Humboldt Administrator Cole Herder asked Allen County Commissioners if they would share in the purchase of equipment necessary to repair roads.
County commissioners were noncommittal Tuesday morning, but listened with interest.
Herder said Humboldt is hard-pressed to make needed repairs to its long-neglected streets. It’s been eight years or more since Humboldt has done any major repairs. Now, a complete overhaul from the base up is needed.
To do that, Herder proposed purchasing a $100,000 machine.
The Asphalt Zipper chews up asphalt and chip-and-seal streets. As it proceeds down a stretch of road the machine leaves behind a mass of aggregate that then may be graded and compacted to prepare for chip-and-seal resurfacing.
If Humboldt acquires a Zipper, it would be needed a month or two each year, leaving ample time for use by county crews, perhaps other nearby cities, Herder said.
The county has a similar machine, but much larger than the Zipper. It has been used in Humboldt but its size makes it difficult to negotiate streets and corners, as well as manholes, Herder told the Register. For it to run along Humboldt streets, tree limbs would have to be trimmed back to 15 feet above the pavement.
“We also could use the Zipper in trenching for utilities,” he said, giving advantage with clean cuts in streets rather than jagged ones from a backhoe.
Mitch Garner, director of Public Works, doesn’t foresee anytime soon when the smaller Zipper would be needed for repairs to hard-surfaced county roads, but said that might occur if a small area, a few feet on a side, were to develop need near to Humboldt.
While Herder hopes to have Humboldt’s streets upgraded over the next 10 years, it presents a significant challenge to the city’s finances. Herder estimated asphalt overlay of Humboldt’s 25 miles of streets would cost $10 million. A complete rebuilt would cost at least 2 1/2 times that, he said.
And installing curbs and gutters, a feature of most streets in Iola, is beyond reality because of cost and the way streets and drainage already are laid out.
Humboldt receives about $50,000 a year from state reimbursements for street work and has $40,000 on hand. That’s enough to purchase a Zipper over five years at $22,000 a year.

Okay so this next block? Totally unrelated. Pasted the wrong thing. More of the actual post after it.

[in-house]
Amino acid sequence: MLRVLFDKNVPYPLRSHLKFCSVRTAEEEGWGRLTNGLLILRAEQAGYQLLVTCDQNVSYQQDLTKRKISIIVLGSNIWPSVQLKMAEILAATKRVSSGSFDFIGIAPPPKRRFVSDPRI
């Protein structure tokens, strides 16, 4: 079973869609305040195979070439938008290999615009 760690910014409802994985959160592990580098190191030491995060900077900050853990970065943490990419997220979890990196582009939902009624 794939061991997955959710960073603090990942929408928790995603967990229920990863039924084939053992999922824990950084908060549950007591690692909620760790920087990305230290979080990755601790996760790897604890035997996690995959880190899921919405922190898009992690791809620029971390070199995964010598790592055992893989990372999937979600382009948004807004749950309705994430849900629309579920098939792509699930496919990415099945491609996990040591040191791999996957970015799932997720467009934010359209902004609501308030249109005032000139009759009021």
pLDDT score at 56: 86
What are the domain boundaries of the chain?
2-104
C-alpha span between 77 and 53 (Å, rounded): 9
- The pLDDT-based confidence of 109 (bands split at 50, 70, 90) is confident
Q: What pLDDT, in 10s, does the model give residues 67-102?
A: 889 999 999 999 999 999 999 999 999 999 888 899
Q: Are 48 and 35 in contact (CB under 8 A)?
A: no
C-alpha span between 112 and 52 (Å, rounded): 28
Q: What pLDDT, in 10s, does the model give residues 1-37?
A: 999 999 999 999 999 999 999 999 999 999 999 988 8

FOR REASONS cloaked in history — albeit it a short time — Humboldt hasn’t taken advantage of county chip and seal programs since 2007. Other towns, including Gas, LaHarpe and Moran, have, and “after looking at all of them, they all have better streets than we do,” Herder admitted.
A half-cent sales tax that would have generated $90,000 a year for street repairs was handily defeated in 2012. “We also have high debt (of $2.6 million) and have let the streets go,” Herder said. The debt stems from sewer, water, City Hall and swimming pool improvements.
Whether Herder’s proposal flies won’t be known until later. In large measure he developed the idea during about 50 hours of study and research for a project on street repairs for Humboldt while he was immersed in a several months’ course on management techniques — “which has made me a better administrator.”
Herder also told commissioners Humboldt soon would reinstall a Neighborhood Revitalization Program to give homeowners property tax advantages for remodeling or adding to an existing structure or building anew. Plans are to put all of Humboldt into the program.
Once in place, other taxing units, such as the county, Allen Community College and USD 258, would have the option of signing on for individual requests.
Humboldt had the program for six years, ending in 2014. Its renewal slipped notice until a resident asked about it, Herder said.